Uncle Pen (song)

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"Uncle Pen"
Single by Ricky Skaggs
from the album Don't Cheat in Our Hometown
B-side "I'm Head Over Heels in Love"
Released June 1984
Genre Country, bluegrass
Length 2:23
Label Epic
Songwriter(s) Bill Monroe
Producer(s) Ricky Skaggs
Ricky Skaggs singles chronology
"Honey (Open That Door)"
(1984)
"Uncle Pen"
(1984)
"Something in My Heart"
(1984)

"Uncle Pen" is a song written by Bill Monroe about his uncle and musical mentor, Pendleton Vandiver. Besides Monroe, the song was recorded by Porter Wagoner in 1956, Goose Creek Symphony in 1971, Michael Nesmith of "The Monkees" in 1973 on his solo album Pretty Much Your Standard Ranch Stash, and Ricky Skaggs in 1984. "Uncle Pen" was Ricky Skaggs' ninth number one single on the country chart. The single went to number one for one week and spent a total of thirteen weeks on the country chart.[1] Bill Monroe played a character named "Uncle Pen" disappointed at the citification of Ricky Skaggs in the 1985 video for "Country Boy". The improvisational-rock band Phish has performed their cover version of Uncle Pen over 200 times in the band's 30-year career. [2]

Chart performance[edit]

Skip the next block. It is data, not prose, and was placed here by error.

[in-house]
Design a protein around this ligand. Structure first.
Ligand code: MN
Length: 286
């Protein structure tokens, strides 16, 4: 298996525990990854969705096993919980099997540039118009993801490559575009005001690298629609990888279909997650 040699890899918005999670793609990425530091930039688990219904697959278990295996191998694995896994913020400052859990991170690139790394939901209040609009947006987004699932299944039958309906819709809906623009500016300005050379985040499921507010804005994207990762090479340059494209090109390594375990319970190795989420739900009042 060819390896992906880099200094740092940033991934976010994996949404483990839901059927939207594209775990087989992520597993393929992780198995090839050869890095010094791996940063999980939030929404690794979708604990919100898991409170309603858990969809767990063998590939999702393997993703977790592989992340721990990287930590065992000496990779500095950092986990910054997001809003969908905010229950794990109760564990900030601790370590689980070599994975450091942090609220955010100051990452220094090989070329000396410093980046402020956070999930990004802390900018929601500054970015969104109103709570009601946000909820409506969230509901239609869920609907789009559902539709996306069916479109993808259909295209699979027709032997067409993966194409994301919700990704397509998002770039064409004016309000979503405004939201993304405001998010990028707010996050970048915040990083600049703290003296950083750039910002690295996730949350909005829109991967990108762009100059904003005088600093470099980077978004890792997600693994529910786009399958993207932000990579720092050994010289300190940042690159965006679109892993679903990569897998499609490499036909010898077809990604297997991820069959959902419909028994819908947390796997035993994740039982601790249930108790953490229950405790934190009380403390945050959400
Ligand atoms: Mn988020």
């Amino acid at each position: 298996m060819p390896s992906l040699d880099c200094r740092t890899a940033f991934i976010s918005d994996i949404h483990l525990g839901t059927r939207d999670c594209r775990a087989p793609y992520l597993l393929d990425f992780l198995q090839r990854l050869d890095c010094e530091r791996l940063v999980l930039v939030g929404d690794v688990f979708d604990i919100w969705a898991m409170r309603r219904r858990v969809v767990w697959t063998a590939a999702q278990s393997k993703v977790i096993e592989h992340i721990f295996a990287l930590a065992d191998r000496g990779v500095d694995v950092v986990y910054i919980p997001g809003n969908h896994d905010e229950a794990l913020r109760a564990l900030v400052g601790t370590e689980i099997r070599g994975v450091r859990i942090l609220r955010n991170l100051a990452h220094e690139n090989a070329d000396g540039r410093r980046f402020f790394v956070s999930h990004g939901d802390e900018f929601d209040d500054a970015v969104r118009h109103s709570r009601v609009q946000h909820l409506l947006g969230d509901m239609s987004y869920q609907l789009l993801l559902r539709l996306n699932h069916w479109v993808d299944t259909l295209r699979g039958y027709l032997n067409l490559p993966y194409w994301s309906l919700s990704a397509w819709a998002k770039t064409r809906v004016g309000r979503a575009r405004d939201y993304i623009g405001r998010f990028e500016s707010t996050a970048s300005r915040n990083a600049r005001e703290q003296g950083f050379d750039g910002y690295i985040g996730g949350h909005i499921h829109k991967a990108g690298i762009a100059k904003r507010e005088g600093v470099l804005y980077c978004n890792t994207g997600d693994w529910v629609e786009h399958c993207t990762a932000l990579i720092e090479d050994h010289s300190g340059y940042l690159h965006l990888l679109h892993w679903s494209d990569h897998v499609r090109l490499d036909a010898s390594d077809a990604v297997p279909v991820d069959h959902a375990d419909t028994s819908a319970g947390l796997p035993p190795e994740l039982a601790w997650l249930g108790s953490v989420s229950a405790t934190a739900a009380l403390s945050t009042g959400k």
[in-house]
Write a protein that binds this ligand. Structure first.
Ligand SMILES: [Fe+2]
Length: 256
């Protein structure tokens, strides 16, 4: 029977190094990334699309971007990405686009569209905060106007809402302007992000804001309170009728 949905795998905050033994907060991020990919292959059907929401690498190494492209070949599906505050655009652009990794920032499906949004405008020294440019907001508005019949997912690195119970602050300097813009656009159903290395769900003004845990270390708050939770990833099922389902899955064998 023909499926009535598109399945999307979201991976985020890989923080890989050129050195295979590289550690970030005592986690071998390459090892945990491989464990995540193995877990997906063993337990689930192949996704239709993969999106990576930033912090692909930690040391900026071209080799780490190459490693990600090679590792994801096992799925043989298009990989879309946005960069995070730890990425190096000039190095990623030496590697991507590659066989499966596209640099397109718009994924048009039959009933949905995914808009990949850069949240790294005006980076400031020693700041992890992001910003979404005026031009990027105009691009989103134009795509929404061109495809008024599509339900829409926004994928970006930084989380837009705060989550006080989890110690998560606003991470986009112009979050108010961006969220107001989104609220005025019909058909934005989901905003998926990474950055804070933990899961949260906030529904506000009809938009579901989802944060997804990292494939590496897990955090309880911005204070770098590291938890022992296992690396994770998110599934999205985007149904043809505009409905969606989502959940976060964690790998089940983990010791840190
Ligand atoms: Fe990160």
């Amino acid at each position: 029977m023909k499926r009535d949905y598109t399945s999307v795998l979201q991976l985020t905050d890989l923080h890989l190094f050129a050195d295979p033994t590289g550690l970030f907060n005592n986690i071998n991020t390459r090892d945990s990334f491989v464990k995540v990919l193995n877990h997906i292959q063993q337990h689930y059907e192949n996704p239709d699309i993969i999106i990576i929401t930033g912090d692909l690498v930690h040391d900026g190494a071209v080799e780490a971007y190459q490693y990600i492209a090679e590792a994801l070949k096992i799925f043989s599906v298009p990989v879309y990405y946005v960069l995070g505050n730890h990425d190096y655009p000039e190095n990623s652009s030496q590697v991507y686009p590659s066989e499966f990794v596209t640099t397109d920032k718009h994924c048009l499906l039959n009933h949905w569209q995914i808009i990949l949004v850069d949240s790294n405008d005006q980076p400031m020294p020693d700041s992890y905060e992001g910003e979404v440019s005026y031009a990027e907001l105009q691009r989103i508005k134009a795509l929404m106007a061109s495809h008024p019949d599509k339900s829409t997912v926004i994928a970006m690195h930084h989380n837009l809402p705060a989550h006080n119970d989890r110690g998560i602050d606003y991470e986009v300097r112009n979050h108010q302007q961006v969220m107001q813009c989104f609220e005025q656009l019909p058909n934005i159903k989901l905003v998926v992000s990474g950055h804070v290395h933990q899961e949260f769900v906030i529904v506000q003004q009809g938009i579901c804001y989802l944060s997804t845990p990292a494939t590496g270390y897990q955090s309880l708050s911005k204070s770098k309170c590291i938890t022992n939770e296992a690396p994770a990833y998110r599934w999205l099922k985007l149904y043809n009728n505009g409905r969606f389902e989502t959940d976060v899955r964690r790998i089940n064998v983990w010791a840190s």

Porter Wagoner[edit]

Chart (1956) Peak
position
US Hot Country Songs (Billboard)[3] 14

Ricky Skaggs[edit]

Chart (1984) Peak
position
US Hot Country Songs (Billboard)[4] 1
Canadian RPM Country Tracks 1

References[edit]

  1. ^ Whitburn, Joel (2004). The Billboard Book Of Top 40 Country Hits: 1944-2006, Second edition. Record Research. p. 315. 
  2. ^ "Uncle Pen Every Time Played". Phish.net. Retrieved 2016-08-22. 
  3. ^ "Porter Wagoner – Chart history" Billboard Hot Country Songs for Porter Wagoner.
  4. ^ "Ricky Skaggs – Chart history" Billboard Hot Country Songs for Ricky Skaggs.
Preceded by
"Everyday"
by The Oak Ridge Boys
Billboard Hot Country Singles
number-one single

October 13, 1984
Succeeded by
"I Don't Know a Thing About Love (The Moon Song)"
by Conway Twitty
Preceded by
"Turning Away"
by Crystal Gayle
RPM Country Tracks
number-one single

October 13, 1984
Succeeded by
"Everyday"
by The Oak Ridge Boys